So why aren't we, English-speaking supporters of Taiwan, calling the ROC era, the era in which we live, the "ROC Colonial Era"? Why are we not calling it what it is?

These two ideas are intertwined: if we call the Qing era by what it really was we strike a blow against the 'historical' argument for the ROC not being 'colonial' as well. If the only other time China held Taiwan was also colonial, there is no basis for a non-colonial Chinese government in Taiwan.

In short, why aren't we more commonly telling the truth about Taiwan: that since the 1600s it has, with almost total continuity, been a colonial territory of three countries: the Netherlands, Japan and China (twice)?

I know I've got a tough hill to climb on this one: I'm still riding people's butts about not calling China "Mainland China" or the "Mainland", even among people who are pro-Taiwan. We are ceding semantic ground we really ought not to be ceding to the CCP and to annexationism in general (related: can we please stop calling it 'reunification' or even 'unification'? It's annexation. Make your names for things reflect reality). The fewer linguistic footholds we give for justification of annexation by China, the better.

But if we can't even kick that ridiculous 'Mainland' habit, I wonder how long it will be before we start using English to make reality plain.

China's designs on Taiwan are just as colonial as anyone else's. The only non-colonial government of Taiwan can come from Taiwanese self-determination, and we live in a colonial state now.

Friday, May 18, 2018

My formal application for China's "Taiwan Separatist Blacklist"

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I am quite serious. I want to be on China's blacklist. 

Update: we have a Facebook group! Join us, and apply for China's competitive "Taiwan Separatist Blacklist" position today!
Dear China:

Please consider my application for the position of "blacklisted person" on the "Taiwan separatist blacklist". I learned of this exciting opportunity in The Diplomat and feel that I am a perfect fit for the role. I have the qualities you are looking for in a suitable candidate: I am hardworking, driven and committed to the cause of Taiwanese independence. I mainly contribute through writing, but have been involved in other pro-independence activities which I would be delighted to discuss in further detail.

In terms of personal attributes, I not only support full de jure Taiwanese independence, but also hold many other positions that make me an excellent candidate for the blacklist. I support ending the government of the "Republic of China", which I view to be a colonialist state, and replacing it with a more appropriately-structured "Republic of Taiwan" (or any other suitable name that does not include "China"). I hold progressive values and believe that this vision of the Republic of Taiwan include democracy, human rights (including marriage equality) a fair and independent judiciary and suitable aspects of a social democratic state. Furthermore, I view the Republic of Taiwan as a multicultural entity, based on shared values rather than ethnicity, which has fully come to terms with its unique history as a colonial and settler state. While this history intertwines with China's at several key points, I do feel it to be separate and unique to Taiwan.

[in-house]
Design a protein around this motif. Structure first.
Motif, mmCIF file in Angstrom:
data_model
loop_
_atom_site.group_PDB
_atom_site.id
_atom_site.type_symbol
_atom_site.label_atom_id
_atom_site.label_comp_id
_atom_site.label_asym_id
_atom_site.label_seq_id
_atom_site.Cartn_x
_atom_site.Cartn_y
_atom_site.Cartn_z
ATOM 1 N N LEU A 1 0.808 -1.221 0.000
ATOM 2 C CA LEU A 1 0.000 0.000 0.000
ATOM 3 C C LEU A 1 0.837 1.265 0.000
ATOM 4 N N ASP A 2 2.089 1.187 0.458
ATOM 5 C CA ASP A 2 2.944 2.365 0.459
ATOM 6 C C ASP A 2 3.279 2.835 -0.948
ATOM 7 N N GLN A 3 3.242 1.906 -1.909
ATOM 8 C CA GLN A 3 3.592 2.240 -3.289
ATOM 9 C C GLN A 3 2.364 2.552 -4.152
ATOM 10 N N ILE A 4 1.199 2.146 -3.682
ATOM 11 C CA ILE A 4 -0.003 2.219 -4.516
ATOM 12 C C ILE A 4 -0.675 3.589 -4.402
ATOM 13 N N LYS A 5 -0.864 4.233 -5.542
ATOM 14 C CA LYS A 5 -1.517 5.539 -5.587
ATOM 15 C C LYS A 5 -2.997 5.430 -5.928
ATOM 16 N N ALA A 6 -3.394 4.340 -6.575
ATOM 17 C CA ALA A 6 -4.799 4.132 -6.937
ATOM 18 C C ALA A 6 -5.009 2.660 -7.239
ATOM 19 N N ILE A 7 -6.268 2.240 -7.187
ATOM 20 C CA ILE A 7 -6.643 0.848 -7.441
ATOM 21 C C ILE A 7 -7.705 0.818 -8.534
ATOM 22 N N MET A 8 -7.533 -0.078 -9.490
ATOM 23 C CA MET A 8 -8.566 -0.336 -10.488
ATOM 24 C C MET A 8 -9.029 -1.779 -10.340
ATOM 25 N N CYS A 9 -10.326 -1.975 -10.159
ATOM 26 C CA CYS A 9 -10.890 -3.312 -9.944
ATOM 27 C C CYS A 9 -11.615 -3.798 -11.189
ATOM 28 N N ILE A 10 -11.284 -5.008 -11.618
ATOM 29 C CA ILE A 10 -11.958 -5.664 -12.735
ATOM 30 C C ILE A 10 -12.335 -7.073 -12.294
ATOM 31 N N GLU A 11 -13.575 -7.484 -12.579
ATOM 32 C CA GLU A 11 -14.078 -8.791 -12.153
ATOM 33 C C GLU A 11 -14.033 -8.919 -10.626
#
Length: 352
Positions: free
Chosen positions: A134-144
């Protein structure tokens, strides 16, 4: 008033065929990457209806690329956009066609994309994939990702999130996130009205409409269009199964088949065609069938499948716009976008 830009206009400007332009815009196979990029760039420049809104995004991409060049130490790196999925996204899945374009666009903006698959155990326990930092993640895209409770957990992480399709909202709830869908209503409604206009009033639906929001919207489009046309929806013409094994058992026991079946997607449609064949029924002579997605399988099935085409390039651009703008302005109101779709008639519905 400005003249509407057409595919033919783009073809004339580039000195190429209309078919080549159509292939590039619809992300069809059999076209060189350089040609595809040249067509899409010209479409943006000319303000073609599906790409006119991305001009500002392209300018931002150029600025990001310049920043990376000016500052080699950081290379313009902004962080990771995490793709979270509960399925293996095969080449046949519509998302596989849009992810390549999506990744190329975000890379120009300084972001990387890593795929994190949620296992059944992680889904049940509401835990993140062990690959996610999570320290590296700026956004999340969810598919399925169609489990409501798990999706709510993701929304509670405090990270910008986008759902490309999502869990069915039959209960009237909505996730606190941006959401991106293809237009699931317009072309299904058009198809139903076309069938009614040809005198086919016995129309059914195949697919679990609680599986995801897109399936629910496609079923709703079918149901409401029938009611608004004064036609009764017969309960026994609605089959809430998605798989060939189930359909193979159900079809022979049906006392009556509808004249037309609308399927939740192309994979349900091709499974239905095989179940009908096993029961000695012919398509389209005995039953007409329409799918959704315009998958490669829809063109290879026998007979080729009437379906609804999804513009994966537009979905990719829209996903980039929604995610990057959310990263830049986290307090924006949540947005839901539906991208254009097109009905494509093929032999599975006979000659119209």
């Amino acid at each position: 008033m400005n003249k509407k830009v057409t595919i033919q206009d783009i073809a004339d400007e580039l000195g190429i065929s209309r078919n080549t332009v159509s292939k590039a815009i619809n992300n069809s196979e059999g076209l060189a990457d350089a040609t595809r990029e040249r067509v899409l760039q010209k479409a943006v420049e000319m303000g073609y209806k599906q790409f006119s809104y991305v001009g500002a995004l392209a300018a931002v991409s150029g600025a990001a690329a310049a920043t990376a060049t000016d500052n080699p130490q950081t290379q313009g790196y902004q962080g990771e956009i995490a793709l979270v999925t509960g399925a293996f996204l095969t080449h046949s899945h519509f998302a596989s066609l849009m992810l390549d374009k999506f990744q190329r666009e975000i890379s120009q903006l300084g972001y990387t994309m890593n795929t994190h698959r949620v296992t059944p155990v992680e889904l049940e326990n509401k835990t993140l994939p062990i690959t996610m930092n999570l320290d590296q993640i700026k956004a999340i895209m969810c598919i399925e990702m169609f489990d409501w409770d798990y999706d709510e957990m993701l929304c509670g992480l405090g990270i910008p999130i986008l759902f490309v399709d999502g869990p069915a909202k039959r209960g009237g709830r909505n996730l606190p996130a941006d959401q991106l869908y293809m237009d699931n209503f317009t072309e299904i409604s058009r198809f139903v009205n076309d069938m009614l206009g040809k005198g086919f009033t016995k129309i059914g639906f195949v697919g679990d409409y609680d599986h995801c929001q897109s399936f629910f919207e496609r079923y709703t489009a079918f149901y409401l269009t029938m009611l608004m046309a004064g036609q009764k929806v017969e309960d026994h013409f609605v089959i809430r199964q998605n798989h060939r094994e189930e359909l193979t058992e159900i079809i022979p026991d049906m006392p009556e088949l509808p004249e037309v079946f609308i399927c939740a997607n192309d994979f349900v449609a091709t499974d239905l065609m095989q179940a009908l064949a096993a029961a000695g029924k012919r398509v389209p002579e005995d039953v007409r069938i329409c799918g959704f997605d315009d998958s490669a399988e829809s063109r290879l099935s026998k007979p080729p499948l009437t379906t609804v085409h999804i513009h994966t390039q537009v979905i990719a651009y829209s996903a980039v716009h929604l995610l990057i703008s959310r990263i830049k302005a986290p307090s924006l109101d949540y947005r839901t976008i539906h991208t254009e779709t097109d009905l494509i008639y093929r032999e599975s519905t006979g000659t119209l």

As a result, I bring to the table not only a strong support of Taiwanese independence, but progressive values which many candidates may lack and which (despite the requirements being somewhat vague) I understand your organization holds in particularly high regard when considering successful applicants to the blacklist.

On a personal note, it has always been my dream to be blacklisted and banned from China, and selecting me for this coveted position on your blacklist will be a culmination of my work as a writer to this date.

As the writer behind Lao Ren Cha (老人茶), a blog which is in English, not Chinese, and my status as commentator rather than activist, I understand that my professional credentials for this highly sought-after position on your blacklist might not be as illustrious as others. However, I can assure you, what I lack in qualifications I more than make up for in passion and vigor. If selected for your prestigious blacklist, I can assure you I will more than live up to expectations as a supporter and perhaps agitator for Taiwanese independence.

Sincerely,

Jenna Cody
Lao Ren Cha

Wednesday, May 16, 2018

It's not the name, it's the helplessness

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Not entirely accurate, but funny



Another day, another instance of the Chinese government being assparrots.

First, the Gap sells a really cool t-shirt that shows a map of China that doesn't include Taiwan (the picture above is a photoshopped joke version by a friend - the real one didn't include a Taiwan running away or the year 1949), and then apologizing for printing a map of China with "incorrect borders".

The borders are entirely correct (even in areas where I don't think they should be, such as Tibet and Xinjiang).

But, of course, selling t-shirts in China is more important than having a spine, and I can't even really bother to argue against that because it's about as useful as farting in a stiff breeze. T-shirts are going to matter more than values, principles or ethics for as long as I'm alive, most likely, and when I am consumed by rats or worms, they will continue to matter more than what is right.